Another major area of difference between traditional and contemporary diaspora is that the latter lacks a position of comfort, certitude and settlement. The diasporic identity today is at once partial and plural. Cut off from place, language and social conventions, it straddles three or more cultures. However ambiguous and shifting this ground may be, it offers a fertile territory for artists to occupy. "It is in the emergence of the interstices Cthe overlap and displacement of domains and differencesCthat the inter-subjective and collective experiences of nationness, community interest, or cultural value are negotiated. How are subjects formed 'in-between,' or in excess of, the sum of the 'parts' of difference...?" asks Bhabha.
Caught in this strange middle ground (thus the title of this text), trapped between belief and disbelief, contemporary diasporic aesthetics deny us the comfort of settled "truths." "...my son is critical that I keep lying to people...," reveals the Iranian film maker Abbas Kiarostami. "In cinema, by fabricating lies we may never reach the fundamental truth, but we will always be on our way to it. We can never get close to the truth except through lying."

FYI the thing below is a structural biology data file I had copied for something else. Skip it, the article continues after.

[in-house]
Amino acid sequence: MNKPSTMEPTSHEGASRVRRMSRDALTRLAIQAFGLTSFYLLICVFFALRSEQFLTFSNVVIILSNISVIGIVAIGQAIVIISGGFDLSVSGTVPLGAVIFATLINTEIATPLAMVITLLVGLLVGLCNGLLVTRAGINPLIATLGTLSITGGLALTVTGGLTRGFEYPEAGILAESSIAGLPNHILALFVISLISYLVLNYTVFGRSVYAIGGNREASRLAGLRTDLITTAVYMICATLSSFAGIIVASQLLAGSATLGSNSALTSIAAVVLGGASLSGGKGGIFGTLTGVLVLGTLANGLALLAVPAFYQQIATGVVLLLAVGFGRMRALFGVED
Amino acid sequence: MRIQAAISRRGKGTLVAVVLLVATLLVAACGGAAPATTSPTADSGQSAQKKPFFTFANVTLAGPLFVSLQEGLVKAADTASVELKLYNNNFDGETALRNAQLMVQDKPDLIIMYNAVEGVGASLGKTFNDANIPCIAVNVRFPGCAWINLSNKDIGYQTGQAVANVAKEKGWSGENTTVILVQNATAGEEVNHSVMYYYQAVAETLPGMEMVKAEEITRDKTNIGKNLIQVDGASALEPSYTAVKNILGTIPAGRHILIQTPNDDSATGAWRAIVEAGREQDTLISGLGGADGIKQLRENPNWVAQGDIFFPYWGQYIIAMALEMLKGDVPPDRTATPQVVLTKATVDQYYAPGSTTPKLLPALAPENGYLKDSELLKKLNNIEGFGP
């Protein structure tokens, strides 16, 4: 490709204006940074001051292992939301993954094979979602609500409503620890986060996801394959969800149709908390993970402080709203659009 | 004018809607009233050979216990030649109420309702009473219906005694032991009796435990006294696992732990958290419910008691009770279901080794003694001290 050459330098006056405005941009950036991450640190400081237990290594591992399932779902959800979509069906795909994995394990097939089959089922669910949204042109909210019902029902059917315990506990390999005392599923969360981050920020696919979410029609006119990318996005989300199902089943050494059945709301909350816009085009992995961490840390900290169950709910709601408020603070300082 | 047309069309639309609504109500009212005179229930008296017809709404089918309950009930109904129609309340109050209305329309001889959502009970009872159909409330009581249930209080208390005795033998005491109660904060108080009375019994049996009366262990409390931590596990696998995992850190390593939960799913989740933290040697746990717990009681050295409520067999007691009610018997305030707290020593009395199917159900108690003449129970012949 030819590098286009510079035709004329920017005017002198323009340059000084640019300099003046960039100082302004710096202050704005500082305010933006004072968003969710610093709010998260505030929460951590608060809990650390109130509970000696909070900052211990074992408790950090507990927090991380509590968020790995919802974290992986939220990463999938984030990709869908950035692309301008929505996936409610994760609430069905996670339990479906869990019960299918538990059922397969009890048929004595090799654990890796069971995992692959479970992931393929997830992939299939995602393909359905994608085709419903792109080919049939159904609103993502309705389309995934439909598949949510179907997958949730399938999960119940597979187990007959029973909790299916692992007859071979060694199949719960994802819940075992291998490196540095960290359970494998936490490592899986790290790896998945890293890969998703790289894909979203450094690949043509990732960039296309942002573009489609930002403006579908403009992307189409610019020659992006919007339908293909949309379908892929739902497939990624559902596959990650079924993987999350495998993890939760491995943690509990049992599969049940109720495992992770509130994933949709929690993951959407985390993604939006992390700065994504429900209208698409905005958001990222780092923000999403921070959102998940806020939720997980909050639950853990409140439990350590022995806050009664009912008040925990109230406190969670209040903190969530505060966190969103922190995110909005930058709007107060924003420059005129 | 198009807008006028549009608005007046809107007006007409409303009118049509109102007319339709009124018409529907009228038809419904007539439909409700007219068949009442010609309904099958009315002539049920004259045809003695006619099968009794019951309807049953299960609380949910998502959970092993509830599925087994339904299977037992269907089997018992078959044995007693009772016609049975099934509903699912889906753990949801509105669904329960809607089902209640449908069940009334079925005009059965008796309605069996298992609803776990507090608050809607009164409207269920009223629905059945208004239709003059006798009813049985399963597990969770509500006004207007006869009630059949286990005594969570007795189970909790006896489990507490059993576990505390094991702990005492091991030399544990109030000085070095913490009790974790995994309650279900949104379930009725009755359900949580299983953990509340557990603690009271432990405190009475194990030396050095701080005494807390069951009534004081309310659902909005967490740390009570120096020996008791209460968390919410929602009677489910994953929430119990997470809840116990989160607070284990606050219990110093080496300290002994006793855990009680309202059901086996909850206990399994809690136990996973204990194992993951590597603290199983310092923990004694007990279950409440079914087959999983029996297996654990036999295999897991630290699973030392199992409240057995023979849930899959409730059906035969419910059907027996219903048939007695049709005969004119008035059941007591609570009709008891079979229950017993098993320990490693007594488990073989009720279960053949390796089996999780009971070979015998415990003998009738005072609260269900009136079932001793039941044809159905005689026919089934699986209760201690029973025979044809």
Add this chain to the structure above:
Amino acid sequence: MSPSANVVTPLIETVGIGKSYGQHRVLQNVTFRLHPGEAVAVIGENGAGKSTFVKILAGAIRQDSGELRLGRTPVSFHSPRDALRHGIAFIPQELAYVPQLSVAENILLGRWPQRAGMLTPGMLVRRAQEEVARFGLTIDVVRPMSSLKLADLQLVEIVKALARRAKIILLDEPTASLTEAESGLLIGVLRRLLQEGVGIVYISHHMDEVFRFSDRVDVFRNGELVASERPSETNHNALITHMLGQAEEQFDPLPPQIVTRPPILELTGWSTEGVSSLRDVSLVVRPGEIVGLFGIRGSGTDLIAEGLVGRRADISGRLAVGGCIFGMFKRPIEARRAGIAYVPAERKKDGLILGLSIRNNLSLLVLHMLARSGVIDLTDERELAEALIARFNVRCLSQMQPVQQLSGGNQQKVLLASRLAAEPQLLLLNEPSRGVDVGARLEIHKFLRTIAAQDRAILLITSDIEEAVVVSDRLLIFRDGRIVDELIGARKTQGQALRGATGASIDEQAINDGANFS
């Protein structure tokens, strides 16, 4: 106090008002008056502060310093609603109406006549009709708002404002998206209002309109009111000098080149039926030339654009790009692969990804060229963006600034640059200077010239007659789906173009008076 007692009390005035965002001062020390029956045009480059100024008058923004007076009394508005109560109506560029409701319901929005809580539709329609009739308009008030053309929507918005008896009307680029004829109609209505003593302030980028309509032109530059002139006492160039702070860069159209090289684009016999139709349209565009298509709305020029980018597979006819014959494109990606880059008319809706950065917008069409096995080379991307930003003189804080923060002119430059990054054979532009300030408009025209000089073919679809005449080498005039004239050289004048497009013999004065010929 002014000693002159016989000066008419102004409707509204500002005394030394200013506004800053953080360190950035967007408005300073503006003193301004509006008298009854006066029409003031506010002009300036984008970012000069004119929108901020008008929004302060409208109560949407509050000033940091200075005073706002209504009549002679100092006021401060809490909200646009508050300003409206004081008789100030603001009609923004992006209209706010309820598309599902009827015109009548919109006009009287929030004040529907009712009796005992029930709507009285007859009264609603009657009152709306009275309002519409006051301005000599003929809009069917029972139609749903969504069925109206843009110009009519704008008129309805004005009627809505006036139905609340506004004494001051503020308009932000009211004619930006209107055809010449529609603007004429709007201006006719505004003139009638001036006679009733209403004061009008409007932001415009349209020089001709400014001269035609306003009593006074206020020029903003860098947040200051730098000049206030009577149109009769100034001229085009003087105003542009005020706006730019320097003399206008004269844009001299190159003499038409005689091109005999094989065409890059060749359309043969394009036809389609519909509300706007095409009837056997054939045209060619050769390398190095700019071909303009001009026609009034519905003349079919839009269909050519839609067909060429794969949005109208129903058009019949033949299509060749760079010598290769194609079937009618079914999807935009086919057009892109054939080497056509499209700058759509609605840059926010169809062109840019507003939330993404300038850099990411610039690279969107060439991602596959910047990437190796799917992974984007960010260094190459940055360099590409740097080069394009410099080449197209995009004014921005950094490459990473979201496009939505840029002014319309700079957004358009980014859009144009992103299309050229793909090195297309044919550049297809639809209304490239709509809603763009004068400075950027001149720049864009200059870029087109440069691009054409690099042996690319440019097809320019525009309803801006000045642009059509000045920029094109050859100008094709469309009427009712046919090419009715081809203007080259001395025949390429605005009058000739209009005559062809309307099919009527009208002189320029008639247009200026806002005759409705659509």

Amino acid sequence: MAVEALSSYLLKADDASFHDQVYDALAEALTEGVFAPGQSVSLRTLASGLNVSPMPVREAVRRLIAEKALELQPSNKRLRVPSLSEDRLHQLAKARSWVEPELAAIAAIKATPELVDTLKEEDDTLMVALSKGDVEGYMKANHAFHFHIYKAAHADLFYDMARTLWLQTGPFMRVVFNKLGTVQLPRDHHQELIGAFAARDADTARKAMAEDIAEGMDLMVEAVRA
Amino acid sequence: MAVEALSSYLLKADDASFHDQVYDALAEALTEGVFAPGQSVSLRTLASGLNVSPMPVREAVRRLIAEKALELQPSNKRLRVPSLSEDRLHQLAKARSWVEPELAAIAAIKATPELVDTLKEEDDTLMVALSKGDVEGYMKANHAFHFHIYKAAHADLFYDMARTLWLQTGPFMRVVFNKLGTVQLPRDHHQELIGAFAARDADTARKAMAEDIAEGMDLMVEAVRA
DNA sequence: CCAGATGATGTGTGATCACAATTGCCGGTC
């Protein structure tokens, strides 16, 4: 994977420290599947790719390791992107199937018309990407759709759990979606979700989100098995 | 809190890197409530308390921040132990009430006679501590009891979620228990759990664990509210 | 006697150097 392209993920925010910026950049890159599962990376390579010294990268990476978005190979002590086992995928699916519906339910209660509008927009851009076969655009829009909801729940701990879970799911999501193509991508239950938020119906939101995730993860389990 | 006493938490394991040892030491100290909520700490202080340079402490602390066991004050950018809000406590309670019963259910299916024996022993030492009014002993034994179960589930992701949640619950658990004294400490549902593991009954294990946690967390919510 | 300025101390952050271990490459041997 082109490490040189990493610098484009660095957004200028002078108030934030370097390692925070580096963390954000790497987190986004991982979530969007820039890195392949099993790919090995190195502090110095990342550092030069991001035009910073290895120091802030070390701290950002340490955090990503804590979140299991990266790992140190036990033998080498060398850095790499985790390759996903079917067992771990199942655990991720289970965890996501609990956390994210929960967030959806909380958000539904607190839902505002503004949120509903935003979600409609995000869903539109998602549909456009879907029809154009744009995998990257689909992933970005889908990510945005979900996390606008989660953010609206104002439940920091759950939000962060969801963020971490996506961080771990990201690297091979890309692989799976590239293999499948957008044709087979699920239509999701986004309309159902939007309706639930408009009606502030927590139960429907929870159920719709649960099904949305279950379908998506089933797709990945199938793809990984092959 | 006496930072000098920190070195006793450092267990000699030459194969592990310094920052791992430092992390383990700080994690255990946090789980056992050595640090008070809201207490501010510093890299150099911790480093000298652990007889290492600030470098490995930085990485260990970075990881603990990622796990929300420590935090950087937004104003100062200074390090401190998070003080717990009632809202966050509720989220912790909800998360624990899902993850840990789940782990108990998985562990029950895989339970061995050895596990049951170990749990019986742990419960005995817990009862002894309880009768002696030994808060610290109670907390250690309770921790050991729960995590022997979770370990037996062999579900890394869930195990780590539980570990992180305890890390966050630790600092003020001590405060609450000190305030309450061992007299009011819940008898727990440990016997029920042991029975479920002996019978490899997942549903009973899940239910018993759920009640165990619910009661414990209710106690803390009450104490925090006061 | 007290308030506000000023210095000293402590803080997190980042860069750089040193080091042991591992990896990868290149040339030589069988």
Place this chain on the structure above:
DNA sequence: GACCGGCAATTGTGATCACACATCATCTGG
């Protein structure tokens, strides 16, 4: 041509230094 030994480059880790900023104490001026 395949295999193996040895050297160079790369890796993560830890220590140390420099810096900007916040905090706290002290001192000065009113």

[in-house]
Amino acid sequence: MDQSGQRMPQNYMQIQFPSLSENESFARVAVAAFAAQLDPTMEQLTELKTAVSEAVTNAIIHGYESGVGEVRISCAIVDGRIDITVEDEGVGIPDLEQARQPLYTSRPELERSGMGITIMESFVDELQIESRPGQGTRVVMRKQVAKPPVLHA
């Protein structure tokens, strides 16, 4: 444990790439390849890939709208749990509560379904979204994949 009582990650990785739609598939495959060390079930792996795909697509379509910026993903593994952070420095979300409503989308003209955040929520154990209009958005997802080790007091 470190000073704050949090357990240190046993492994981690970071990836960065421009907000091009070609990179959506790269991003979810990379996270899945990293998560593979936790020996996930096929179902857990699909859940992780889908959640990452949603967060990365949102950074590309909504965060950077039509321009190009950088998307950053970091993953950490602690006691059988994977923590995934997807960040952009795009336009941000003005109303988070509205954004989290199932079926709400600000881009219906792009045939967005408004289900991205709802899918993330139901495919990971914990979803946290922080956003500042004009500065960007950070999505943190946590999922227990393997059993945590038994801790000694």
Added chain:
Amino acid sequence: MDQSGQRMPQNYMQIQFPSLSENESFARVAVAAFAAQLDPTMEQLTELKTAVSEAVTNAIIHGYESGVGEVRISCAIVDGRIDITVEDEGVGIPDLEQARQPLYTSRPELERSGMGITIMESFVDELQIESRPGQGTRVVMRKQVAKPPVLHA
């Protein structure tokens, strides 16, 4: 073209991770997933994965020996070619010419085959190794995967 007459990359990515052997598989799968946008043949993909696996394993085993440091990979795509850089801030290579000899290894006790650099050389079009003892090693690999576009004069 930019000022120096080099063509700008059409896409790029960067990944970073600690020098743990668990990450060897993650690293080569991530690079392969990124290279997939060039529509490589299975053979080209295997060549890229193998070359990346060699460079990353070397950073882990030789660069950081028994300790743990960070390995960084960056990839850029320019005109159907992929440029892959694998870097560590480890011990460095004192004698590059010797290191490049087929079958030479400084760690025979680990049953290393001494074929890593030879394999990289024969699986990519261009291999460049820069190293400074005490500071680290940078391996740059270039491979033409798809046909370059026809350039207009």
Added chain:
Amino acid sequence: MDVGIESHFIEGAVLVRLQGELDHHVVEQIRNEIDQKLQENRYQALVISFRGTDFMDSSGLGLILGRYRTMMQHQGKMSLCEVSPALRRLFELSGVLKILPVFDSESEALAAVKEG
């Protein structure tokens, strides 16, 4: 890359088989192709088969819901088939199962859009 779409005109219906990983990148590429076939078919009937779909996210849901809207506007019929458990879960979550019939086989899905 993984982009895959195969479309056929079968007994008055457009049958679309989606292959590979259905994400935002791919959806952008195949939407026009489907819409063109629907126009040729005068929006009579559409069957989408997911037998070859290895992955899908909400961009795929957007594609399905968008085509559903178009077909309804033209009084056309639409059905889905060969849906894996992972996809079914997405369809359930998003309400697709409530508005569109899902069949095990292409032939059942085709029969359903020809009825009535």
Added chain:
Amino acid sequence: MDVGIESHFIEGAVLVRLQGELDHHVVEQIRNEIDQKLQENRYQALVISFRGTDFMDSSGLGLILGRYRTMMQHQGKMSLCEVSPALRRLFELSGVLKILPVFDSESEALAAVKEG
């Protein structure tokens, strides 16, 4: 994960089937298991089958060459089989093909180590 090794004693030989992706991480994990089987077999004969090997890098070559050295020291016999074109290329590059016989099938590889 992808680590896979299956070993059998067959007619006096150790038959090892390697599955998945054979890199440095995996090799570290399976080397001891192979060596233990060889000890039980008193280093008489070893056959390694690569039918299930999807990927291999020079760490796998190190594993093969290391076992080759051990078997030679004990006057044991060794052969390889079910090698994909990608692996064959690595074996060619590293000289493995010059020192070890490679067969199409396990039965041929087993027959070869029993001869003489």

The diasporan artist journeys across the frontiers of (art) history with doubt, distrusting all who claim to possess absolute forms of knowledge, and suspecting total explanations, or systems of thought which purport to be complete. Many diasporan artists cannot come to terms with the effects of repeated displacement, remaining in denial that a return to original home, language and culture is structurally impossible. "How many people today live in a language that is not their own?" asks Akram Zaatari. "Or no longer, or not yet, even know their own and know poorly the major language that they are forced to serve? This is the problem of immigrants, and especially of their children, the problem of minorities, the problem of a minor literature, but also a problem for all of us: how to tear a minor literature away from its own language, allowing it to challenge the language and making it follow a sober revolutionary path? How to become a nomad and an immigrant and a gypsy in relation to one's own language?"